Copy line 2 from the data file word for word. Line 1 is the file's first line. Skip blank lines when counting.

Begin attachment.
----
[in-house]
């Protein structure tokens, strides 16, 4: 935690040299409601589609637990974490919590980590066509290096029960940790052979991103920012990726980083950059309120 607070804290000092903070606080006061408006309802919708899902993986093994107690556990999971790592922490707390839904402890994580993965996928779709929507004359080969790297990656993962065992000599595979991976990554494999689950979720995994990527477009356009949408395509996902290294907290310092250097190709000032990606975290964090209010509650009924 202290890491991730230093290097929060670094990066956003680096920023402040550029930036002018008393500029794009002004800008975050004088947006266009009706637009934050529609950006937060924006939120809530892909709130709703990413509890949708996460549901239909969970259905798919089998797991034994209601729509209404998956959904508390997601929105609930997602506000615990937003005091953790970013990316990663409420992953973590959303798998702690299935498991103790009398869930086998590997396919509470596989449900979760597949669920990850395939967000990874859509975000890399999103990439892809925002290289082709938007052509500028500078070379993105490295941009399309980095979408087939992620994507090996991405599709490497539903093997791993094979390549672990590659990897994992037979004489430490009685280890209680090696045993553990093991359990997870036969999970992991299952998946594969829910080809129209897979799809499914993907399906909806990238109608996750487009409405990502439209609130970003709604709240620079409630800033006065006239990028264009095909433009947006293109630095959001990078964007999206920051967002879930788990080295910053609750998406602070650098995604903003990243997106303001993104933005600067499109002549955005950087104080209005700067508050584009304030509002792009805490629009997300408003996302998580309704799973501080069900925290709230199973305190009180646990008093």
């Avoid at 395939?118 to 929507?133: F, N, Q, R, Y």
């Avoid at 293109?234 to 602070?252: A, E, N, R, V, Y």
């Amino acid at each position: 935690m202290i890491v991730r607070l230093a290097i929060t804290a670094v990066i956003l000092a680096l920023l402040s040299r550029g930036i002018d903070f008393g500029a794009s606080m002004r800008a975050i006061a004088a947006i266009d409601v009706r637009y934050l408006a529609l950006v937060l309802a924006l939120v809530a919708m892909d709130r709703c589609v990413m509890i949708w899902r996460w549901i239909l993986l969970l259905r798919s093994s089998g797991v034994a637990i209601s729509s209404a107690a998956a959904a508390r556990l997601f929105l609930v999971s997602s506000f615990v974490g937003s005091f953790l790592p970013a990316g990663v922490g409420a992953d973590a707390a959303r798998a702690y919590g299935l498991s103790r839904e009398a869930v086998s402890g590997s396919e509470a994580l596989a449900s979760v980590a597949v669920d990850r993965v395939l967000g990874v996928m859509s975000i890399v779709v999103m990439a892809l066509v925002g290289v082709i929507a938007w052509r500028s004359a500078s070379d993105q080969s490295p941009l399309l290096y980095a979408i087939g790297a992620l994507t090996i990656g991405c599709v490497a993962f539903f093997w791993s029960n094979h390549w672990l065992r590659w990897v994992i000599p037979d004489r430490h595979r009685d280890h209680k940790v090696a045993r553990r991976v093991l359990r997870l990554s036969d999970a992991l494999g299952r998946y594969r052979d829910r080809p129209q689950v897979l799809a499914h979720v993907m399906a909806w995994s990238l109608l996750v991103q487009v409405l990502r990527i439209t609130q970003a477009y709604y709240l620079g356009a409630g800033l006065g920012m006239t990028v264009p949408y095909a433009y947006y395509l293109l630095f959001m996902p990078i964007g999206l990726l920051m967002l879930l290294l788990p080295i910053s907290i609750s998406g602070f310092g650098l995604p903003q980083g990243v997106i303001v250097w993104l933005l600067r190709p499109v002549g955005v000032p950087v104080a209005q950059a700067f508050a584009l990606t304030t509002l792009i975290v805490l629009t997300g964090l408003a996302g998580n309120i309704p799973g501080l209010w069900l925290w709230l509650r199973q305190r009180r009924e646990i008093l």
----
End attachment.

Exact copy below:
């Protein structure tokens, strides 16, 4: 935690040299409601589609637990974490919590980590066509290096029960940790052979991103920012990726980083950059309120 607070804290000092903070606080006061408006309802919708899902993986093994107690556990999971790592922490707390839904402890994580993965996928779709929507004359080969790297990656993962065992000599595979991976990554494999689950979720995994990527477009356009949408395509996902290294907290310092250097190709000032990606975290964090209010509650009924 202290890491991730230093290097929060670094990066956003680096920023402040550029930036002018008393500029794009002004800008975050004088947006266009009706637009934050529609950006937060924006939120809530892909709130709703990413509890949708996460549901239909969970259905798919089998797991034994209601729509209404998956959904508390997601929105609930997602506000615990937003005091953790970013990316990663409420992953973590959303798998702690299935498991103790009398869930086998590997396919509470596989449900979760597949669920990850395939967000990874859509975000890399999103990439892809925002290289082709938007052509500028500078070379993105490295941009399309980095979408087939992620994507090996991405599709490497539903093997791993094979390549672990590659990897994992037979004489430490009685280890209680090696045993553990093991359990997870036969999970992991299952998946594969829910080809129209897979799809499914993907399906909806990238109608996750487009409405990502439209609130970003709604709240620079409630800033006065006239990028264009095909433009947006293109630095959001990078964007999206920051967002879930788990080295910053609750998406602070650098995604903003990243997106303001993104933005600067499109002549955005950087104080209005700067508050584009304030509002792009805490629009997300408003996302998580309704799973501080069900925290709230199973305190009180646990008093």